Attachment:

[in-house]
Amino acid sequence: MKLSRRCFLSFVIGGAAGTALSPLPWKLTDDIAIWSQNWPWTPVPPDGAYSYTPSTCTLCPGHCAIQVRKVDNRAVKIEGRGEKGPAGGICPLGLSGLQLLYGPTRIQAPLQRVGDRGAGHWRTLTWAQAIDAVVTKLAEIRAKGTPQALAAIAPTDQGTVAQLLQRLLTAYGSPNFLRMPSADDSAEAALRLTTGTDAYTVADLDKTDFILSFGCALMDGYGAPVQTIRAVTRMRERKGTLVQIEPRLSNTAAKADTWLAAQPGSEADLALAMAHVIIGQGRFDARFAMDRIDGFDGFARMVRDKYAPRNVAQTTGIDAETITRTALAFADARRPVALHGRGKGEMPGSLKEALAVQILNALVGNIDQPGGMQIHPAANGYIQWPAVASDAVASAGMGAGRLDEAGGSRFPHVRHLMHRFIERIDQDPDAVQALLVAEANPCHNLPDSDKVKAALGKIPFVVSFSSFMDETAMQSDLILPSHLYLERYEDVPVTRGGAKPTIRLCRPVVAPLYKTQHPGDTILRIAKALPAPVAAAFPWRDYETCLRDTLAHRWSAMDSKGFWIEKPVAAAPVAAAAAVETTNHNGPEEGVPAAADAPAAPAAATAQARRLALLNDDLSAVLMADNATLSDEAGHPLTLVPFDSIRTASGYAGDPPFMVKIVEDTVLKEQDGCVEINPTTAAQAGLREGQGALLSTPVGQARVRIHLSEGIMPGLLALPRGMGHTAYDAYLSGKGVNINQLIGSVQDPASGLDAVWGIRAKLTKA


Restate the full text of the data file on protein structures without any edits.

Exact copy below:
[in-house]
Amino acid sequence: MKLSRRCFLSFVIGGAAGTALSPLPWKLTDDIAIWSQNWPWTPVPPDGAYSYTPSTCTLCPGHCAIQVRKVDNRAVKIEGRGEKGPAGGICPLGLSGLQLLYGPTRIQAPLQRVGDRGAGHWRTLTWAQAIDAVVTKLAEIRAKGTPQALAAIAPTDQGTVAQLLQRLLTAYGSPNFLRMPSADDSAEAALRLTTGTDAYTVADLDKTDFILSFGCALMDGYGAPVQTIRAVTRMRERKGTLVQIEPRLSNTAAKADTWLAAQPGSEADLALAMAHVIIGQGRFDARFAMDRIDGFDGFARMVRDKYAPRNVAQTTGIDAETITRTALAFADARRPVALHGRGKGEMPGSLKEALAVQILNALVGNIDQPGGMQIHPAANGYIQWPAVASDAVASAGMGAGRLDEAGGSRFPHVRHLMHRFIERIDQDPDAVQALLVAEANPCHNLPDSDKVKAALGKIPFVVSFSSFMDETAMQSDLILPSHLYLERYEDVPVTRGGAKPTIRLCRPVVAPLYKTQHPGDTILRIAKALPAPVAAAFPWRDYETCLRDTLAHRWSAMDSKGFWIEKPVAAAPVAAAAAVETTNHNGPEEGVPAAADAPAAPAAATAQARRLALLNDDLSAVLMADNATLSDEAGHPLTLVPFDSIRTASGYAGDPPFMVKIVEDTVLKEQDGCVEINPTTAAQAGLREGQGALLSTPVGQARVRIHLSEGIMPGLLALPRGMGHTAYDAYLSGKGVNINQLIGSVQDPASGLDAVWGIRAKLTKA